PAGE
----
On the other hand, contractors that are not under direct contract with an association, such as subcontractors, must serve a preliminary notice on the association, the actual or reputed direct contractor for the project, and any actual or reputed construction lender. Therefore, most preliminary notices that associations receive will be from subcontractors. Generally, preliminary notices are sent via first-class registered or certified mail, express mail, or overnight delivery. As long as an association recognizes the information in the preliminary notice, generally speaking there is nothing special that it needs to do, as serving a preliminary notice on an association does not change a contractor’s rights, it merely preserves them. Sometimes, contractors request that an association acknowledge in writing that they received a preliminary notice. While signing such a preliminary notice is generally unnecessary, an association may choose to do so anyway, as a courtesy and to keep the project moving.

Inclusive_Progressive_Pride_flag-300x186The United States Equal Employment Opportunity Commission (“EEOC”) recently created a new webpage with helpful practical information to guide employers and employees about employment discrimination based on sexual orientation and gender identity. This new webpage provides additional clarity about sexual orientation and gender identity protections based on the 2020 Supreme Court decision in Bostock v. Clayton County (decided on Jun. 15, 2020). In Bostock, the Supreme Court held that those firing individuals because of their sexual orientation or transgender status violated Title VII’s prohibition on discrimination because of sex. Title VII is part of the Civil Rights Act of 1964, a national law that prohibits employment discrimination based on protected classes of people such as race, color, religion, sex, and national origin.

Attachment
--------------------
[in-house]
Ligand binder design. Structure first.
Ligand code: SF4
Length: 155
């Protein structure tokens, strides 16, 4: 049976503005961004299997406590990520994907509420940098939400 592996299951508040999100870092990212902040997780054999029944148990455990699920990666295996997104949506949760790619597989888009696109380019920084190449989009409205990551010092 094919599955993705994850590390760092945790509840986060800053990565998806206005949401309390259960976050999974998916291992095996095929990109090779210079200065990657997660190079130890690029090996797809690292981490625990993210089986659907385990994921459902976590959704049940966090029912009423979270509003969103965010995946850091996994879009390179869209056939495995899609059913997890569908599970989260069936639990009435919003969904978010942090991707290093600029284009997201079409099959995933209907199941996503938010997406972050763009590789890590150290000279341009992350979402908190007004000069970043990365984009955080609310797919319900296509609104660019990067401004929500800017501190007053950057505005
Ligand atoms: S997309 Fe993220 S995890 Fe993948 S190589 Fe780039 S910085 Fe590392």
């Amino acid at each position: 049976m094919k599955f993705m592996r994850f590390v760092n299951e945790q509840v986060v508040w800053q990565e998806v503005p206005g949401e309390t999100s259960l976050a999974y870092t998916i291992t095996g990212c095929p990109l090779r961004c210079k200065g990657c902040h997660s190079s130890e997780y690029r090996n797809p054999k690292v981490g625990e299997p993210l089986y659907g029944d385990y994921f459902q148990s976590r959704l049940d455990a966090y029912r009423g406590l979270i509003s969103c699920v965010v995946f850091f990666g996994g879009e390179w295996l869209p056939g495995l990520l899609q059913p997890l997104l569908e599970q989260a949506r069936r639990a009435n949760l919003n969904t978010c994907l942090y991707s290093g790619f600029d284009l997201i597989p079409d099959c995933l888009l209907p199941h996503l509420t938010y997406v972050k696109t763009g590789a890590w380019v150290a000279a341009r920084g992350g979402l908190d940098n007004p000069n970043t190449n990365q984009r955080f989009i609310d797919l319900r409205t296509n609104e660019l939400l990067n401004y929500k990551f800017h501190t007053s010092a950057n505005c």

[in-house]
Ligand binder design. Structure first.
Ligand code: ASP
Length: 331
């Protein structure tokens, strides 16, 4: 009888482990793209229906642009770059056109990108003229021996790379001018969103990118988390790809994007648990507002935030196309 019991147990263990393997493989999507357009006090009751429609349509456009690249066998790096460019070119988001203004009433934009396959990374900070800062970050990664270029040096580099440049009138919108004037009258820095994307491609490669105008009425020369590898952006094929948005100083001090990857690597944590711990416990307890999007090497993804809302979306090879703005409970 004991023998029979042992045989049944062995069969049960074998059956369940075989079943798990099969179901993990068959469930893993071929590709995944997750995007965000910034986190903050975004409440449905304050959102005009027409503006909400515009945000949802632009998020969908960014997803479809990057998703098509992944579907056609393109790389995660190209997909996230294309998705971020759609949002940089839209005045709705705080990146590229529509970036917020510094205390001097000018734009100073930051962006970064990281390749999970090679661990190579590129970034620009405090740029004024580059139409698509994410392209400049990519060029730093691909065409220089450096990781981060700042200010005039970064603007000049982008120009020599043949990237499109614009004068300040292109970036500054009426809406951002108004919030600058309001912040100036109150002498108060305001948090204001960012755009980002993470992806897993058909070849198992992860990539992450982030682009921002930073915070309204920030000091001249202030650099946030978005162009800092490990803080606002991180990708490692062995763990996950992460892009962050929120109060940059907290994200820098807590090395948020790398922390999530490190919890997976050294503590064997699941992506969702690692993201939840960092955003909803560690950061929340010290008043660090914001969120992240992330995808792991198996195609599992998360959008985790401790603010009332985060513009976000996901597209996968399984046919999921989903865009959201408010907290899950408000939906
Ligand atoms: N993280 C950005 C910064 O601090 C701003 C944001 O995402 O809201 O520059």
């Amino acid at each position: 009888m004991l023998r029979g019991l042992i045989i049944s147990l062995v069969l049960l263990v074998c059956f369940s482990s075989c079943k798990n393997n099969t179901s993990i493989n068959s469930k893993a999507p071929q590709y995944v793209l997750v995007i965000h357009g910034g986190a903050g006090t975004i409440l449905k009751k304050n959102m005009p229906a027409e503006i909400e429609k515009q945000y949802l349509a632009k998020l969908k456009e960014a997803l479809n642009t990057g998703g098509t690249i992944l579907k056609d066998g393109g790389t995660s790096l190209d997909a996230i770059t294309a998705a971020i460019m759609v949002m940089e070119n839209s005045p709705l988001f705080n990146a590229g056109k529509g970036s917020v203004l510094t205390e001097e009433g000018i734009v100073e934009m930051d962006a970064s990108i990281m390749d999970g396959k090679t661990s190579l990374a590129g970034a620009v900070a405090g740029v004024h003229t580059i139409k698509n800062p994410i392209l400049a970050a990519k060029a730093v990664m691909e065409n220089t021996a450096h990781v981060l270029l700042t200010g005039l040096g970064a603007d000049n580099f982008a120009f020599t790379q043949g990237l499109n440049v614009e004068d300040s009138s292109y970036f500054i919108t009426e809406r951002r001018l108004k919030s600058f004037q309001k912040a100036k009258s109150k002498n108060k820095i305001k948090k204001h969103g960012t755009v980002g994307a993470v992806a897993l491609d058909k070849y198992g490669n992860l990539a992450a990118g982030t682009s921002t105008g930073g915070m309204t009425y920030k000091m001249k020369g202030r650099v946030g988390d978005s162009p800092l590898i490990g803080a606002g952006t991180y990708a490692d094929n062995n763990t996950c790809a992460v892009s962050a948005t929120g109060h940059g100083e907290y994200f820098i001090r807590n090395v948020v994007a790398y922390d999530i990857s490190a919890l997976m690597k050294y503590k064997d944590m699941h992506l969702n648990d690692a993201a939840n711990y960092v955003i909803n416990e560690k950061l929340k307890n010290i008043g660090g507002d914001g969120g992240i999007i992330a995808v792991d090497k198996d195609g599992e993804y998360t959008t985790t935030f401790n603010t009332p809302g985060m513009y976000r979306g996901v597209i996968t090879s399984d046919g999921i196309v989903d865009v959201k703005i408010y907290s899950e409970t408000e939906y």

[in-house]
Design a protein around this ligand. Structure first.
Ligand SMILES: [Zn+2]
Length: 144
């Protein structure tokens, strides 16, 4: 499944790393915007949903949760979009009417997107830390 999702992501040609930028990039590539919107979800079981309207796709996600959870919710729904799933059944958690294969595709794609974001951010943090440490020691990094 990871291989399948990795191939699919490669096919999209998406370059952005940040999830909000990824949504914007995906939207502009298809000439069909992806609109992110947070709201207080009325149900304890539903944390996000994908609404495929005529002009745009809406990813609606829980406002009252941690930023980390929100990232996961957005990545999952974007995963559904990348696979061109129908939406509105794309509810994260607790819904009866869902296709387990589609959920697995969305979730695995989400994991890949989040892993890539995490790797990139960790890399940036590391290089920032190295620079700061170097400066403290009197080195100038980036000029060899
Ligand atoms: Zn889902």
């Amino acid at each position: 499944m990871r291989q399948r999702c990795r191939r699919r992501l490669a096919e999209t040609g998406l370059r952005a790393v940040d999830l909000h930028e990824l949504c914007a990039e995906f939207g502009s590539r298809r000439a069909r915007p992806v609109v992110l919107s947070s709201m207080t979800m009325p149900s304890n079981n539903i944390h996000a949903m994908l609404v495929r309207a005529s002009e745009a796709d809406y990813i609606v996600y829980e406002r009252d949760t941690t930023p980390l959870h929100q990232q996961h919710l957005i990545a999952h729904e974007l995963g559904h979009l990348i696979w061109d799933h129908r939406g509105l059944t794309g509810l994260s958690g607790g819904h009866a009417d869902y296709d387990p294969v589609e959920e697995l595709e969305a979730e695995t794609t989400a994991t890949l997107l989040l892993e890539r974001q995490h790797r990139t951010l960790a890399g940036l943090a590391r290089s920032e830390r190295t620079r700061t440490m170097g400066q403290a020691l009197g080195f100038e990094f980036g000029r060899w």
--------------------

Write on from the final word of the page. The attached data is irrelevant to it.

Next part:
The new webpage is intended to function as one comprehensive resource to educate employees, applicants, and employers about the rights of all employees, including lesbian, gay, bisexual, and transgender workers, to be free from sexual orientation and gender identity discrimination in employment. In addition, the new webpage includes information on related topics of harassment and retaliation. Although Title VII and Bostock only apply to employers with 15 or more total employees and does not generally apply to independent contractors, associations with any employees can still learn best practices from these new EEOC resources to prevent discrimination (and liability) in the workplace.

We share below some important reminders and takeaways from the recently published resources: